Saying that something is "most excellent" instead of "best ever" is not evidence that the IOC obviously regretted picking Atlanta.

I said in my post that I wouldn't necessarily argue that the IOC "regretted" choosing Atlanta,

Then why are you picking an arugment with me??? My point was that it isn't obvious that the IOC regretted picking Atlanta.

If you believe that the IOC loved the Atlanta Games, provide evidence. "Examples please."

Again, why are you trying to start an arguement? Did I say the IOC loved Atlanta... of course not. You are just trying to start arguements for the sake of arguing. Sorry not biting.

Again, comments that it wasn't the best ever... and complaints about certain things. Not a hint about "regret"...

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Again, comments that it wasn't the best ever... and complaints about certain things. Not a hint about "regret"...

I didn't call it "regret." That was someone else. I've clarified that twice and you insist on attributing it to me anyway.

If you read that link you also read that the European commission described the Atlanta Games as "cheap and tawdry." Lousy village accommodations, bad food, bad transportation. You are choosing to ignore cold, hard proof that the IOC wasn't happy with Atlanta.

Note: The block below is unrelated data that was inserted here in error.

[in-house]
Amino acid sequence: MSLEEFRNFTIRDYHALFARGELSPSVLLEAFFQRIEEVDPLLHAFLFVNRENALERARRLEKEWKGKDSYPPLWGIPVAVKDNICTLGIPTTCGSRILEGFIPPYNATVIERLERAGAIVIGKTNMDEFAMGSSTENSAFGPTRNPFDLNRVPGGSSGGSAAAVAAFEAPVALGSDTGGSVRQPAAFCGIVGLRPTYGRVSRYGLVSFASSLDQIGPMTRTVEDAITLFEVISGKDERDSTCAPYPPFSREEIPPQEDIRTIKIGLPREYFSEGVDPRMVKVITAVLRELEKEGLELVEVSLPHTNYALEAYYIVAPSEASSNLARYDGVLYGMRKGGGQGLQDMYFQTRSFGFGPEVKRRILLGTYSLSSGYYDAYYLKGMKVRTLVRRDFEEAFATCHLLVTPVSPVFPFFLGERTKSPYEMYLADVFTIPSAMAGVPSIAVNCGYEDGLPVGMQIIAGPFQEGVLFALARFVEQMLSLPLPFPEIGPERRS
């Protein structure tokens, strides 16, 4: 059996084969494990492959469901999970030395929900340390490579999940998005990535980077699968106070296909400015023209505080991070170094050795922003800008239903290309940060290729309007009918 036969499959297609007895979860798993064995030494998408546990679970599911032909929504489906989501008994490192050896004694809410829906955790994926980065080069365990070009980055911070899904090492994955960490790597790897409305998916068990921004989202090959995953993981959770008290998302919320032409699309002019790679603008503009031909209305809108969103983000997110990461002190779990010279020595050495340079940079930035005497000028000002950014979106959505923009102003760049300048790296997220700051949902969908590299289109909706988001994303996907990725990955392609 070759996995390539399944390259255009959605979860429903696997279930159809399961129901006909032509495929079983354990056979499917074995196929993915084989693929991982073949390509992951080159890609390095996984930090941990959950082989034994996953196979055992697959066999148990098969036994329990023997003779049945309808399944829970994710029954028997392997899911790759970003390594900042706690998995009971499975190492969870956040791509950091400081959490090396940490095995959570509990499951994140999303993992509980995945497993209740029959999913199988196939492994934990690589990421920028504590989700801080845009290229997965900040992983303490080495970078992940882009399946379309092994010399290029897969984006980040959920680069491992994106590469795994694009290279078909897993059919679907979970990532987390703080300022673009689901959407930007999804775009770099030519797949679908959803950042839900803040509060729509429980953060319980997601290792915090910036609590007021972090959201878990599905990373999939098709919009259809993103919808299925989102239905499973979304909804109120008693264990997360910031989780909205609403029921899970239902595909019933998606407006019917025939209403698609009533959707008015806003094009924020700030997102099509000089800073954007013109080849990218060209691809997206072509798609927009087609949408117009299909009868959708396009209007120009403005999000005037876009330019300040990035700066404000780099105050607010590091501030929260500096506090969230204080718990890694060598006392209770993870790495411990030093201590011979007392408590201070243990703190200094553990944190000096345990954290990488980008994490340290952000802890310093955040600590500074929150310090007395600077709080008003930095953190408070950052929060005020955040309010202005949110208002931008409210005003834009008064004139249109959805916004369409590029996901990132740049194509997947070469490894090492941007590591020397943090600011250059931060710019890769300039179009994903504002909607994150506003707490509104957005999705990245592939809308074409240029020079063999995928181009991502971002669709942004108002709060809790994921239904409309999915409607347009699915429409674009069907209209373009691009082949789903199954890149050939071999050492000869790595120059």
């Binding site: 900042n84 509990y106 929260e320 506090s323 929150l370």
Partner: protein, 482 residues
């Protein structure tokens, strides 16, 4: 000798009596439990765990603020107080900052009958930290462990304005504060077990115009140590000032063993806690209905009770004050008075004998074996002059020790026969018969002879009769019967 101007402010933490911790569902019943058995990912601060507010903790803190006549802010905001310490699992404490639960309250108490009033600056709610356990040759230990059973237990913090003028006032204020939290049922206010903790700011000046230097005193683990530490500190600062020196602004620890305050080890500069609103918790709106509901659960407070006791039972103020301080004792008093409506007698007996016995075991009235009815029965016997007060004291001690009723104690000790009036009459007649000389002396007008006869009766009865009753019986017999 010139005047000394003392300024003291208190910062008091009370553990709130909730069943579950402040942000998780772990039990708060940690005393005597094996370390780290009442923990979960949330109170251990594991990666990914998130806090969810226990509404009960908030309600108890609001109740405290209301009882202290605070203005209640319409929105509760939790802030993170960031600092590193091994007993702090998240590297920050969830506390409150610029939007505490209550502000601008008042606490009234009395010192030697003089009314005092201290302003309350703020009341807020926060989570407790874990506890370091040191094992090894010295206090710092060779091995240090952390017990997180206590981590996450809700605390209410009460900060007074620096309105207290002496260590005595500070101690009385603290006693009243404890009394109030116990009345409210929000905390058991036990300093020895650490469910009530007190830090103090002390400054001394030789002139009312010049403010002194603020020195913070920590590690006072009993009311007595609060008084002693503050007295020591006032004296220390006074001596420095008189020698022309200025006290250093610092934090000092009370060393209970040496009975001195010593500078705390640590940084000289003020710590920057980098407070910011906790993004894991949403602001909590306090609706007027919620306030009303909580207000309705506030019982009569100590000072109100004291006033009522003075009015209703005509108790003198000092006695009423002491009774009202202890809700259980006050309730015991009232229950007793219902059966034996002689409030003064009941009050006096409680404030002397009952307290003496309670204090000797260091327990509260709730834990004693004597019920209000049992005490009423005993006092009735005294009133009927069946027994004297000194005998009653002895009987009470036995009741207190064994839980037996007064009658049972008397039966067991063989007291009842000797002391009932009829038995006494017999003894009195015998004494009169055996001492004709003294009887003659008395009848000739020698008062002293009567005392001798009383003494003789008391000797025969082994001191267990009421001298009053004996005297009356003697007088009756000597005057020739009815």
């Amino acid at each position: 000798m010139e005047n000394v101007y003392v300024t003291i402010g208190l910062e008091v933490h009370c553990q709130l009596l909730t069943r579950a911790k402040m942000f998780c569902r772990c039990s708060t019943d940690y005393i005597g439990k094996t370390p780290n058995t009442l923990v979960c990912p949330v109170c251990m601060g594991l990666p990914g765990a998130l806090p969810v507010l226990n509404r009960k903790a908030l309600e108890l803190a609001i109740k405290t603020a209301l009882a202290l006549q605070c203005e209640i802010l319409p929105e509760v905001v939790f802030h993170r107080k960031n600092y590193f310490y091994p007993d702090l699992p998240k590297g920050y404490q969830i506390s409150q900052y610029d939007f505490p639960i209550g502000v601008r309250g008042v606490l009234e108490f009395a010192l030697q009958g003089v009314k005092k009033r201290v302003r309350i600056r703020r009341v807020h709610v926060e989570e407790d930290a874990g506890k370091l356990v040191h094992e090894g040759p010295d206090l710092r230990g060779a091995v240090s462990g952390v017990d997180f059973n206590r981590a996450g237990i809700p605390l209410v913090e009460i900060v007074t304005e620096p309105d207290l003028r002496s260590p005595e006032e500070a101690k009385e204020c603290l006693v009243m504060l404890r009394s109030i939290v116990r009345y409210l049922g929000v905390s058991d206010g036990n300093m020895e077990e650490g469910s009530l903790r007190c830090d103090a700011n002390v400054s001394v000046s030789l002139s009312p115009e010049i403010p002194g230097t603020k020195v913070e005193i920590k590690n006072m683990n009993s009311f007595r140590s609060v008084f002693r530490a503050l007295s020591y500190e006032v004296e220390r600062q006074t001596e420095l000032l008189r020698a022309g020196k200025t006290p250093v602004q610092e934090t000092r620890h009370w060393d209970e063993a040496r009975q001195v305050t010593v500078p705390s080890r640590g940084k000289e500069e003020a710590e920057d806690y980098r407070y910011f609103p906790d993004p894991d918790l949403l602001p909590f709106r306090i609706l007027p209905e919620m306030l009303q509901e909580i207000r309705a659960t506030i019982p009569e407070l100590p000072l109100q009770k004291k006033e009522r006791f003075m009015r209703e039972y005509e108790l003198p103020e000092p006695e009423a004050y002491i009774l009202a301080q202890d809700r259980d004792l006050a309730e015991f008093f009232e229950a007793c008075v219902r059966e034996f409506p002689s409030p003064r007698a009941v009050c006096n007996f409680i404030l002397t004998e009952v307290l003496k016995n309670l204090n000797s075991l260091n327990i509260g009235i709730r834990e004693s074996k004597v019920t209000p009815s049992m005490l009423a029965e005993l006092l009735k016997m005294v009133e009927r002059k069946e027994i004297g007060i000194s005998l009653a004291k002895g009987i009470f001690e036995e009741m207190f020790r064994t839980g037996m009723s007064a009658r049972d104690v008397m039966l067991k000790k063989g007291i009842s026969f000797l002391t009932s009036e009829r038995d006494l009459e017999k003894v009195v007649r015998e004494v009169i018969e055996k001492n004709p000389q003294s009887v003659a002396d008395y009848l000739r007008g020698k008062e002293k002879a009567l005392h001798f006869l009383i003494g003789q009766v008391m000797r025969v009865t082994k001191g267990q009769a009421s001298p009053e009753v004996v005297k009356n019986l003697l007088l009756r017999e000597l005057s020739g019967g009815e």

You are being willfully blind and pig-headed about Samaranch as well. Was he going to stand up in the CC and say, "Boy, these Games sucked. You really screwed up"? Of course not. The IOC has to protect their own brand. The absence of @best ever" was noticeable at the time and everyone commented on it. Watch the video and gauge Samaranch's demeanor.

Incidentally, not saying "best ever" about LA, was purely political. It was the height of the Cold War, LA followed Moscow, the IOC couldn't say "best ever" about LA without straining the tensions that had already caused two boycotts.

You're entitled to be a myopic stick-in-the-mud, but I'm entitled to bid you "adieu." And I do.

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Here's a review of Atlanta written on the 10 year anniversary that specifically addresses the shortcomings and Samaranch's awkward "praise" as you call it.

I'm sure you'll just bury your head in the sand and dismiss this as well, but for those posters who actually want to learn something, I think they'll find it interesting:

http://www.southernspaces.org/2006/whatwuzit-1996-atlanta-summer-olympics-reconsidered